Criminal tag looms for Wagner

Washington Post



Stuff NZ Newspapers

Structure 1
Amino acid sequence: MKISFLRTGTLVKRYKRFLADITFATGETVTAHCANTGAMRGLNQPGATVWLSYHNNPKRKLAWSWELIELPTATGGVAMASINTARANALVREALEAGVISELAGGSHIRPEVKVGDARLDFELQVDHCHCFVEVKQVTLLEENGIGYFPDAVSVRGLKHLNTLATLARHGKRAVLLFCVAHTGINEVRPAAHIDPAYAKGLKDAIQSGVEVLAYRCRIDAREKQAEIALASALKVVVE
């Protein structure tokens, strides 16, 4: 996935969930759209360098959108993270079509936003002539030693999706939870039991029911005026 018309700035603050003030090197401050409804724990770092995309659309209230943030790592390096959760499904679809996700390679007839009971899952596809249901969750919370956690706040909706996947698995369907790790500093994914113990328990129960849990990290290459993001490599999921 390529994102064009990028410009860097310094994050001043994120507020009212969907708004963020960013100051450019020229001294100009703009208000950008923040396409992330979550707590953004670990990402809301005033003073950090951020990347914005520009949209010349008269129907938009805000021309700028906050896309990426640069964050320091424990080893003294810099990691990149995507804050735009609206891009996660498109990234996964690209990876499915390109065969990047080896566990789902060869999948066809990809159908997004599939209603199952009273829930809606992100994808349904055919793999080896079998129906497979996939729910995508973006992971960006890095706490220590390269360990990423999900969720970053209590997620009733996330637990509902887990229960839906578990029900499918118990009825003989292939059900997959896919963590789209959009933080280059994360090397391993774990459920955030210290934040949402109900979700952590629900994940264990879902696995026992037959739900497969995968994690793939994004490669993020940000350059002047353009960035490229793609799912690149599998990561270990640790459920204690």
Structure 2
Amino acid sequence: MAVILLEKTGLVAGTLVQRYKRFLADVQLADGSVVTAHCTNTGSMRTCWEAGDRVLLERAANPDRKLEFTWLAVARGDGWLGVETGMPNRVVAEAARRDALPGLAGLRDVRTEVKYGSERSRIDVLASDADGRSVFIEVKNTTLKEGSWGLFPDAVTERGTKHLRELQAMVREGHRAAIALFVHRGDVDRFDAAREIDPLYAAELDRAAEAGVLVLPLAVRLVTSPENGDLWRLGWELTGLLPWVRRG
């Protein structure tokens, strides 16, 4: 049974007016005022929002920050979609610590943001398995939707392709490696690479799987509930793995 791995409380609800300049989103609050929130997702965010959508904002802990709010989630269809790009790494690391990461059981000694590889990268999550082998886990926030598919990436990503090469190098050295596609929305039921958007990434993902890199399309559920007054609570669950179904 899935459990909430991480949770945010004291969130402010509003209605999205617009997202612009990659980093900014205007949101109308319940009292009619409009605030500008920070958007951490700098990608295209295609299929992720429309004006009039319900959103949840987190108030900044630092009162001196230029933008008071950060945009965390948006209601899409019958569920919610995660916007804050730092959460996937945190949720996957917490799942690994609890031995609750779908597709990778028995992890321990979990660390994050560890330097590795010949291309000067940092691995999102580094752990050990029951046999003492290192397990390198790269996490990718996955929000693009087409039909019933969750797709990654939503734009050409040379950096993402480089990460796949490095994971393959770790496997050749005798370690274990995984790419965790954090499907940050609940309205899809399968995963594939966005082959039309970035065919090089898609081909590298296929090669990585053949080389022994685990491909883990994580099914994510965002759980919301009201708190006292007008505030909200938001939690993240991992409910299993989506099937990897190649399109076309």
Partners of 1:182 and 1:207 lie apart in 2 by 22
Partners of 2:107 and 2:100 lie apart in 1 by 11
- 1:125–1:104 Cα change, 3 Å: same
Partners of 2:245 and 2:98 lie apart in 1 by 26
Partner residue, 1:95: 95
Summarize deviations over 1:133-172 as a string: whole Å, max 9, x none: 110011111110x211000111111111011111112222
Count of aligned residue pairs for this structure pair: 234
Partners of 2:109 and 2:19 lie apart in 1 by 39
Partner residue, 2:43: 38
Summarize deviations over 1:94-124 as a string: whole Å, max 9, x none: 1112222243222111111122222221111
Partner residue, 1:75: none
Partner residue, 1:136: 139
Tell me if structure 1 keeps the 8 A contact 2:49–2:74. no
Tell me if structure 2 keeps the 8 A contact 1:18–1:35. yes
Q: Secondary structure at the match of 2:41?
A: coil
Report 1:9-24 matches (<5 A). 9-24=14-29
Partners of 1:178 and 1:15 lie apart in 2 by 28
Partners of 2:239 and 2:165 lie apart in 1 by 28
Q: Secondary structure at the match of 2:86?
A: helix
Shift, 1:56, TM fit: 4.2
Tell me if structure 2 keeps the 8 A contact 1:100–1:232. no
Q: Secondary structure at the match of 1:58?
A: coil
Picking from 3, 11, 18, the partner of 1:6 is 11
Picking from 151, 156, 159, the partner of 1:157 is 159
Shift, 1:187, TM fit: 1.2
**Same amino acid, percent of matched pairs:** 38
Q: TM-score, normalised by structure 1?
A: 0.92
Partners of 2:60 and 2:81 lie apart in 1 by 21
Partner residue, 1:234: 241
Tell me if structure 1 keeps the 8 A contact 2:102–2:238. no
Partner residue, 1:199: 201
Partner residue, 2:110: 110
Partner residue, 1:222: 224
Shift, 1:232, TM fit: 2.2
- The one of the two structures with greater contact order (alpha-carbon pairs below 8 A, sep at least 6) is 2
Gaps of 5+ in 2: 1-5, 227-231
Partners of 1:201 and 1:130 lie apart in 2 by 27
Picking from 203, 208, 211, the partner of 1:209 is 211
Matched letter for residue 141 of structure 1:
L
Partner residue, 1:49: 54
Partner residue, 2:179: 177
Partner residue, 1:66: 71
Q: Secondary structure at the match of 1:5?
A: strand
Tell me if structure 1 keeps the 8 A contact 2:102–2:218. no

The United States will designate Russia’s Wagner mercenary group a ‘‘transnational criminal organisation’’, the White House said yesterday, an attempt to disrupt the cash and weapons flow of a private military outfit prosecuting President Vladimir Putin’s war against Ukraine with an army of convicts and contractors. The designation will come alongside additional US sanctions against Wagner and its support network, spanning multiple continents, said John Kirby, coordinator for strategic communications at the White House National Security Council. The Treasury Department intends to formalise the penalties this week. Speaking at a White House news briefing, Kirby said the designation would open up ‘‘additional avenues’’ for the United States to go after Wagner’s business activities around the world, and give other nations and institutions the firepower to follow suit. ‘‘These actions recognise the transcontinental threat that Wagner poses, including through its ongoing pattern of serious criminal activity,’’ Kirby said. He noted the Russian mercenary group had carried out ‘‘atrocities and human rights abuses in Ukraine, and of course elsewhere around the world’’. The action comes a month after the Commerce Department imposed new restrictions on Wagner, designating the group a Russian ‘‘military end user’’ to hinder the mercenaries’ ability to acquire items that use US technology. Kirby displayed photographs depicting what he said were five Russian rail cars travelling from Russia into North Korea on November 18 and returning along the same route the following day. He said those rail cars carried an initial delivery of North Korean infantry rockets and missiles for use by Wagner fighters in Ukraine. Kirby said the arms transfers stood in direct violation of United Nations Security Council resolutions. The Biden Administration first alleged last month that North Korea was making weapons deliveries to Wagner. ‘‘We obviously condemn North Korea’s actions, and we urge North Korea to cease these deliveries to Wagner immediately,’’ Kirby said. Since its first appearance in Ukraine in 2014, Wagner has risen to international renown as a ruthless shadow instrument of Russian power that has been accused of human rights abuses in Syria, Mali, Central African Republic and Ukraine. Its founder, Yevgeniy Prigozhin, spent nine years in prison for robbery and other crimes, before operating a hot dog stand, casinos and a floating restaurant in post-Soviet St Petersburg, where he came to know Putin. Prigozhin’s company, Concord Catering, won contracts with Russian state and municipal entities. Meanwhile, the former convict and caterer meddled in foreign affairs, funding the notorious St Petersburg troll farm, the Internet Research Agency, which interfered in the 2016 US presidential election, and also backing Wagner, which swelled into a large battlefield force in Ukraine this past year after Putin allowed him to recruit convicts from Russian prisons. The mercenary group – which US officials say now has 40,000 convicts and 10,000 contractors deployed to Ukraine – has for months been waging a brutal and costly battle against Ukrainian forces in the city of Bakhmut. Wagner recently made gains in neighbouring Soledar. ‘‘They are both mining towns – gypsum in Bakhmut and salt up in Soledar,’’ Kirby said. ‘‘We think that also has a role to play in why Mr Prigozhin is so adamant on pouring, literally just throwing bodies into a meat grinder to get these two towns. It’s very much in keeping with his modus operandi in places like Africa, where he is going after mining rights and mining capabilities.’’ Prigozhin responded in a statement posted on his catering company’s VK page. ‘‘Finally, the Wagner private military company and the Americans are colleagues. From now on, our relationship can be called a ‘showdown between criminal clans’.’’ Meanwhile, Ukraine’s Western backers failed yesterday to resolve a dispute over which nations will supply Kyiv with powerful battle tanks that President Volodymyr Zelenskyy told them are needed to mount a new offensive against entrenched Russian forces. The disagreement, debated behind closed doors among dozens of defence ministers gathered at the Ramstein military facility in Germany, centres on whether Germany is willing to transfer its Leopard 2 tanks to Ukraine, or at least authorise other nations that field the German-made vehicles to supply them. –